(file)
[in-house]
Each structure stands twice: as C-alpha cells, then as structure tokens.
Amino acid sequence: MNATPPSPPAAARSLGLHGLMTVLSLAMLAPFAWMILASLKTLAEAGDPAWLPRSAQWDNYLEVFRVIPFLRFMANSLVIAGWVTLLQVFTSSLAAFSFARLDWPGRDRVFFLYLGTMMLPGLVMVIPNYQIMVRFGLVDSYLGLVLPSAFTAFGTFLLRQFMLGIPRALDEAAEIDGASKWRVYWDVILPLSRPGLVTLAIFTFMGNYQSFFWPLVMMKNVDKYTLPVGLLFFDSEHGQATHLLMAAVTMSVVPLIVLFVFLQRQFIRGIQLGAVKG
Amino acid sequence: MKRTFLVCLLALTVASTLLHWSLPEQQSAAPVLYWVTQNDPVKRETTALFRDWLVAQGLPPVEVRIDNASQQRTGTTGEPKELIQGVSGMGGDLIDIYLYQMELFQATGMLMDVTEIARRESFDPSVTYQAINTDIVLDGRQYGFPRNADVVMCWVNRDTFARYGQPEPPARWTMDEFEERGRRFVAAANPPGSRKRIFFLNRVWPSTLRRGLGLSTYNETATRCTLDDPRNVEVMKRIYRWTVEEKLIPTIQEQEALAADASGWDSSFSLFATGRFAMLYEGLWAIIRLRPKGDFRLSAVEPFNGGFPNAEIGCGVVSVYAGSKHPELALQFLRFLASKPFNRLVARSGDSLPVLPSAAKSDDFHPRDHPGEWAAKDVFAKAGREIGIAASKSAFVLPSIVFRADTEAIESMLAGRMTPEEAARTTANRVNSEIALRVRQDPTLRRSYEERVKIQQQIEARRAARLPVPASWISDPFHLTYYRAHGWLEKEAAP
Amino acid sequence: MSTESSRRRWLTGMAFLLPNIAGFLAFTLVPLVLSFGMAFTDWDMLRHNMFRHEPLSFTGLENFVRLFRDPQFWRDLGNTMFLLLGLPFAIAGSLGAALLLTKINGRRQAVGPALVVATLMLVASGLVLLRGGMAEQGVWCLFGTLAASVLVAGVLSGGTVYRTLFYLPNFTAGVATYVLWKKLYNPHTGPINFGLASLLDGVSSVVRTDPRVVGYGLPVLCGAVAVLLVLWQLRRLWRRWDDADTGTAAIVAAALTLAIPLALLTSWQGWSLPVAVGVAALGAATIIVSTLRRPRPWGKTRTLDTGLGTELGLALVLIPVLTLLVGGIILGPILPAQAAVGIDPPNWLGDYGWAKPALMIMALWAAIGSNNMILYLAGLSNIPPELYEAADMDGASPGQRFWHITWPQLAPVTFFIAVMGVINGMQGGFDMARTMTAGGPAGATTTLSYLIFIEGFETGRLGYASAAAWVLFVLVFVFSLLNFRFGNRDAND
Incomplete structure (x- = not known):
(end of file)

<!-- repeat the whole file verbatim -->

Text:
[in-house]
Each structure stands twice: as C-alpha cells, then as structure tokens.
Amino acid sequence: MNATPPSPPAAARSLGLHGLMTVLSLAMLAPFAWMILASLKTLAEAGDPAWLPRSAQWDNYLEVFRVIPFLRFMANSLVIAGWVTLLQVFTSSLAAFSFARLDWPGRDRVFFLYLGTMMLPGLVMVIPNYQIMVRFGLVDSYLGLVLPSAFTAFGTFLLRQFMLGIPRALDEAAEIDGASKWRVYWDVILPLSRPGLVTLAIFTFMGNYQSFFWPLVMMKNVDKYTLPVGLLFFDSEHGQATHLLMAAVTMSVVPLIVLFVFLQRQFIRGIQLGAVKG
Amino acid sequence: MKRTFLVCLLALTVASTLLHWSLPEQQSAAPVLYWVTQNDPVKRETTALFRDWLVAQGLPPVEVRIDNASQQRTGTTGEPKELIQGVSGMGGDLIDIYLYQMELFQATGMLMDVTEIARRESFDPSVTYQAINTDIVLDGRQYGFPRNADVVMCWVNRDTFARYGQPEPPARWTMDEFEERGRRFVAAANPPGSRKRIFFLNRVWPSTLRRGLGLSTYNETATRCTLDDPRNVEVMKRIYRWTVEEKLIPTIQEQEALAADASGWDSSFSLFATGRFAMLYEGLWAIIRLRPKGDFRLSAVEPFNGGFPNAEIGCGVVSVYAGSKHPELALQFLRFLASKPFNRLVARSGDSLPVLPSAAKSDDFHPRDHPGEWAAKDVFAKAGREIGIAASKSAFVLPSIVFRADTEAIESMLAGRMTPEEAARTTANRVNSEIALRVRQDPTLRRSYEERVKIQQQIEARRAARLPVPASWISDPFHLTYYRAHGWLEKEAAP
Amino acid sequence: MSTESSRRRWLTGMAFLLPNIAGFLAFTLVPLVLSFGMAFTDWDMLRHNMFRHEPLSFTGLENFVRLFRDPQFWRDLGNTMFLLLGLPFAIAGSLGAALLLTKINGRRQAVGPALVVATLMLVASGLVLLRGGMAEQGVWCLFGTLAASVLVAGVLSGGTVYRTLFYLPNFTAGVATYVLWKKLYNPHTGPINFGLASLLDGVSSVVRTDPRVVGYGLPVLCGAVAVLLVLWQLRRLWRRWDDADTGTAAIVAAALTLAIPLALLTSWQGWSLPVAVGVAALGAATIIVSTLRRPRPWGKTRTLDTGLGTELGLALVLIPVLTLLVGGIILGPILPAQAAVGIDPPNWLGDYGWAKPALMIMALWAAIGSNNMILYLAGLSNIPPELYEAADMDGASPGQRFWHITWPQLAPVTFFIAVMGVINGMQGGFDMARTMTAGGPAGATTTLSYLIFIEGFETGRLGYASAAAWVLFVLVFVFSLLNFRFGNRDAND
Incomplete structure (x- = not known):